A Missoula fifth-grade band student got a late Christmas present this week when she received a trumpet donated by Grammy Award-winning trumpet player Arturo Sandoval.
When band began in the fall, Paxson Elementary student Isabel Munro was excited to make the sounds that inspired her to learn how to play the trumpet in the first place.
However, the trumpet she had rented from Missoula County Public Schools sputtered. The sound was fuzzy and notes often cut off, causing Munro to consider switching instruments.
During class this week, though, Munro had no trouble playing “Ode to Joy” and other short compositions from a horn donated by the California-based Arturo Sandoval Institute, which supports students’ musical educations.
“Now that I have a really good trumpet it makes band really fun,” Munro said about the Bundy horn that arrived over winter break.
Missoula County Public Schools has hundreds of musical instruments that are rented by students each year, said John Combs, the district’s fine arts supervisor. The instruments are well maintained, but they also are well used.
Munro’s trumpet was a particularly well-used one that made learning to play like “learning to ride a bike with flat tires,” Combs said.
Because the trumpet needed almost constant repairs, Munro’s mother requested she be able to rent a different one.
Earlier, a request from another student for a trumpet had been put in My Student in Need, an Internet-based system that connects students and community members to fulfill needs. (Each Monday, the requests are published in the Missoulian and on Missoulian.com.)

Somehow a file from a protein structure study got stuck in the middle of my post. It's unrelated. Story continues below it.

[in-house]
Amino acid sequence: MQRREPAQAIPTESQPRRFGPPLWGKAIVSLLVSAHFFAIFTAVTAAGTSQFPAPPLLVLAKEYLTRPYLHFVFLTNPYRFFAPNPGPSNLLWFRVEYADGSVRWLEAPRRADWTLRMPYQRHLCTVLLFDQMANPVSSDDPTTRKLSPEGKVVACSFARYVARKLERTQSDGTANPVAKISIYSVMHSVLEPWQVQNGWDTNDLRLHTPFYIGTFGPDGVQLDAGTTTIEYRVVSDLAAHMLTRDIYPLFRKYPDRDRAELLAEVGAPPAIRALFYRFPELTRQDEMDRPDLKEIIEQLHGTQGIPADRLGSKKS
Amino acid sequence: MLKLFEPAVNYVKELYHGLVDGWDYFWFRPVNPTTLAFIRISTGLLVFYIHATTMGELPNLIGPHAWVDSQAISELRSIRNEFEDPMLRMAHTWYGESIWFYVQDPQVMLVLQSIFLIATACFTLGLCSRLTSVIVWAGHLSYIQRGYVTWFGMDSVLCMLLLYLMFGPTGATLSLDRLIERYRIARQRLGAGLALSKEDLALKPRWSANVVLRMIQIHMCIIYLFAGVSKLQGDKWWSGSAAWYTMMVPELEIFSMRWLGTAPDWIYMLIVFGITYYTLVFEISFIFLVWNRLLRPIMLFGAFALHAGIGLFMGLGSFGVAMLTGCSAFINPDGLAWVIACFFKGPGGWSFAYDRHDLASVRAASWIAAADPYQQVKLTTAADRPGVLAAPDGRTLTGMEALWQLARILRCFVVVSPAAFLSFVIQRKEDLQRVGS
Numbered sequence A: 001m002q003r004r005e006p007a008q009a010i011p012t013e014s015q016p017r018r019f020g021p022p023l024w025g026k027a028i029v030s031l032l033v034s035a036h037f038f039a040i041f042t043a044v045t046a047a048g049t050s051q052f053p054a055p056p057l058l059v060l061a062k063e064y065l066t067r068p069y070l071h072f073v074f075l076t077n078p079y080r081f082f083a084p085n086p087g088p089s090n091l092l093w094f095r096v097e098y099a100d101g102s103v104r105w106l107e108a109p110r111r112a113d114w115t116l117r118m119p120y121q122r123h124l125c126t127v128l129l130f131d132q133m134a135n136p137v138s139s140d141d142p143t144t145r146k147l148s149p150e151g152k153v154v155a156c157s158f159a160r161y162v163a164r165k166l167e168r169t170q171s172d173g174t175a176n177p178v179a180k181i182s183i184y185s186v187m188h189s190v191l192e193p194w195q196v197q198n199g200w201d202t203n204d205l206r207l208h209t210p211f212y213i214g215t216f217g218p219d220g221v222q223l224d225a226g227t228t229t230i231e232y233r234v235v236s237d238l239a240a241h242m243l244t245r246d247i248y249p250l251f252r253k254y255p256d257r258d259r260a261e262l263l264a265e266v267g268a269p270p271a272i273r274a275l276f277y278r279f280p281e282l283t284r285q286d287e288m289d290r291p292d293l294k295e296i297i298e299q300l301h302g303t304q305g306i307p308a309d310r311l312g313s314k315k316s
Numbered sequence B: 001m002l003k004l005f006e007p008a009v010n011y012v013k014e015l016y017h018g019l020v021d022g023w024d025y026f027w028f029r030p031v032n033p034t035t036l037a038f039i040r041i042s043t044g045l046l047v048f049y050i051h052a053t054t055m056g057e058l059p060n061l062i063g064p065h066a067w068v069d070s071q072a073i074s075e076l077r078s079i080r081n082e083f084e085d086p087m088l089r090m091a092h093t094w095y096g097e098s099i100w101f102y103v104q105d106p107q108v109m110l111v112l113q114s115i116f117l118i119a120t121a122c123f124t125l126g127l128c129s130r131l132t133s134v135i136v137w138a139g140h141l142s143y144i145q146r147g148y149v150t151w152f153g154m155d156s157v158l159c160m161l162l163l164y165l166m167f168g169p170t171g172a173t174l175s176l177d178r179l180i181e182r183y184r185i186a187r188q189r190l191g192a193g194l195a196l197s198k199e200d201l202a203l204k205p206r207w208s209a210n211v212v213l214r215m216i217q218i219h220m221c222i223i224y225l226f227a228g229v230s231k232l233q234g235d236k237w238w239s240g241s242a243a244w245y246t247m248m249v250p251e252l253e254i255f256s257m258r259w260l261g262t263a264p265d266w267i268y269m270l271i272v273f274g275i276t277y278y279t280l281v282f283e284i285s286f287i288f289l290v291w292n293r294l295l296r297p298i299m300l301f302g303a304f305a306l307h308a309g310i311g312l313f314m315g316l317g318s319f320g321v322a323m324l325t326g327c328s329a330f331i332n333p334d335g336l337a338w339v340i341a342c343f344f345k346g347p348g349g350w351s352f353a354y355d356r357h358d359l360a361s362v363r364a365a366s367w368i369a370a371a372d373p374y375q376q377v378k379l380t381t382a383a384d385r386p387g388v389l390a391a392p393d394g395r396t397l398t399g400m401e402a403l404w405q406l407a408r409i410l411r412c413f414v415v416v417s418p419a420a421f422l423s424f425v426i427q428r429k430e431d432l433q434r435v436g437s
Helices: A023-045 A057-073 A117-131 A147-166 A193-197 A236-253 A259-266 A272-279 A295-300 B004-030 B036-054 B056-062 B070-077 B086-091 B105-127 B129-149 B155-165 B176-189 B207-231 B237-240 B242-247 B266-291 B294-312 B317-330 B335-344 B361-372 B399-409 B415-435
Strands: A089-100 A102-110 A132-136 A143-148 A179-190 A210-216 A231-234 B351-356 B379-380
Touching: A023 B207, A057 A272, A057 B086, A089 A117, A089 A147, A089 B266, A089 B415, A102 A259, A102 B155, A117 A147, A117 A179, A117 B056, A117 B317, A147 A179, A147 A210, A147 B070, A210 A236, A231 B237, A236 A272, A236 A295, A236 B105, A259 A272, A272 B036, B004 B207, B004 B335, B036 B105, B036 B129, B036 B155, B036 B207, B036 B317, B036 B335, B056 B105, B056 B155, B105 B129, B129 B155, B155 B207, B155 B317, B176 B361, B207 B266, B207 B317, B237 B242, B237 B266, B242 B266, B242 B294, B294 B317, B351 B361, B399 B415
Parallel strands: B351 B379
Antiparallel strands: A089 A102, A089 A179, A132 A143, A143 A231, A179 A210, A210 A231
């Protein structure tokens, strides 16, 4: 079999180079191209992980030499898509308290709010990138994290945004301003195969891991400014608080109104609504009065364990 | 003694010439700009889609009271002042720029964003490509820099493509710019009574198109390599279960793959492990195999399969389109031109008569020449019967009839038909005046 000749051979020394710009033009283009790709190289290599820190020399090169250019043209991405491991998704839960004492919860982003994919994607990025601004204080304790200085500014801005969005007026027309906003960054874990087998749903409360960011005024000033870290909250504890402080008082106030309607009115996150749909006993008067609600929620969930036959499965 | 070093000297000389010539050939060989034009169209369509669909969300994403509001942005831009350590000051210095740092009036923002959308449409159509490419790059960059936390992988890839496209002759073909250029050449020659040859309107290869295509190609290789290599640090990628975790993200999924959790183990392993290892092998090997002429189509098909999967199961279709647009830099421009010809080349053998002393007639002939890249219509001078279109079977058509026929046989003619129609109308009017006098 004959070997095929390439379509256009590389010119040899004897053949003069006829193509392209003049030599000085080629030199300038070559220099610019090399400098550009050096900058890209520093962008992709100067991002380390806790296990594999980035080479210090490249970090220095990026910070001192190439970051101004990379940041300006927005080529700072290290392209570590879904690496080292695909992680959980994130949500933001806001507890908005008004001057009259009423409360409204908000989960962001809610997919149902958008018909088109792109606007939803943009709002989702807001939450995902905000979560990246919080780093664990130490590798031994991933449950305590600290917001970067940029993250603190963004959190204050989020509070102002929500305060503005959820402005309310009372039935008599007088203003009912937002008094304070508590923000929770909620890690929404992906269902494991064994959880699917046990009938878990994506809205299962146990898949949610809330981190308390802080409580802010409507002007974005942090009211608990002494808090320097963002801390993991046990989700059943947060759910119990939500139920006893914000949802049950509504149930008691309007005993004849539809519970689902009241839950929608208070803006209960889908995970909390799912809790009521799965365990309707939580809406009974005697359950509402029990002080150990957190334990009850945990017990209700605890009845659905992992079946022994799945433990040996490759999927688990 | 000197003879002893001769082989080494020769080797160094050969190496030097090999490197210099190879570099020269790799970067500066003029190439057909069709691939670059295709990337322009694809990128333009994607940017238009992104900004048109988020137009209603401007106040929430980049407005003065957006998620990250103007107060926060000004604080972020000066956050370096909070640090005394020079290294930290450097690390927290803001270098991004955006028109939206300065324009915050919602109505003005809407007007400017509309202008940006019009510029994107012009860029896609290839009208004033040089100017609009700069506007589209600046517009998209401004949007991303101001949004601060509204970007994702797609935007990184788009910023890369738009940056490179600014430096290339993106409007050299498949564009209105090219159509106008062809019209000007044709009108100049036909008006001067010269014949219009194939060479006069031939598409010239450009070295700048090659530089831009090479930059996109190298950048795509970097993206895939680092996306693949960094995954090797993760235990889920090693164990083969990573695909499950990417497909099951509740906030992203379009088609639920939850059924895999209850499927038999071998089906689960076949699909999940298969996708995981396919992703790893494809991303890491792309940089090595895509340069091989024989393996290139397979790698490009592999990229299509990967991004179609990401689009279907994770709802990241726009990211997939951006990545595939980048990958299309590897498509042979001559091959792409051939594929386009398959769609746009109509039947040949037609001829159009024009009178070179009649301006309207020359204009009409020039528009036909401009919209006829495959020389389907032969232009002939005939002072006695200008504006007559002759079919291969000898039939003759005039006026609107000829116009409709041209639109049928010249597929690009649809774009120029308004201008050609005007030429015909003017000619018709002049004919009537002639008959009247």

When Munro’s request for a different instrument was received, a trumpet already had been donated for the other student.
Then Sandoval himself called, inquiring if the institute could donate a horn.
“It’s obviously been completely refurbished. It’s a beautiful horn. There’s not a dent or scratch on it,” Combs said.
“I think it’s just unique that a world-renowned professional has his eye on Missoula, Montana, enough to care about a fifth-grader in this town,” Combs said. “You never know.”
When Munro went to pick up the instrument this week, she learned about Sandoval, a Cuban jazz trumpeter and 10-time Grammy winner.
“And I tell you what, she wanted to try out that trumpet right away,” Combs said.
When her mom called to request a different trumpet, Munro didn’t expect to receive a horn from a famous trumpet player.
Munro said she was impressed by Sandoval’s playing, which she watched online after she learned who had donated the horn.
“I have a famous person’s trumpet?” she said she thought in disbelief. “It was really cool.”
The trumpet is now part of the district’s store of rented instruments, but Munro can continue to rent it as long as she likes, which could be a while now that she enjoys band class again.
“I think it’s really fun to do, and it’s a part of school when you can do stuff you want to do and not what you’re told to do,” she said.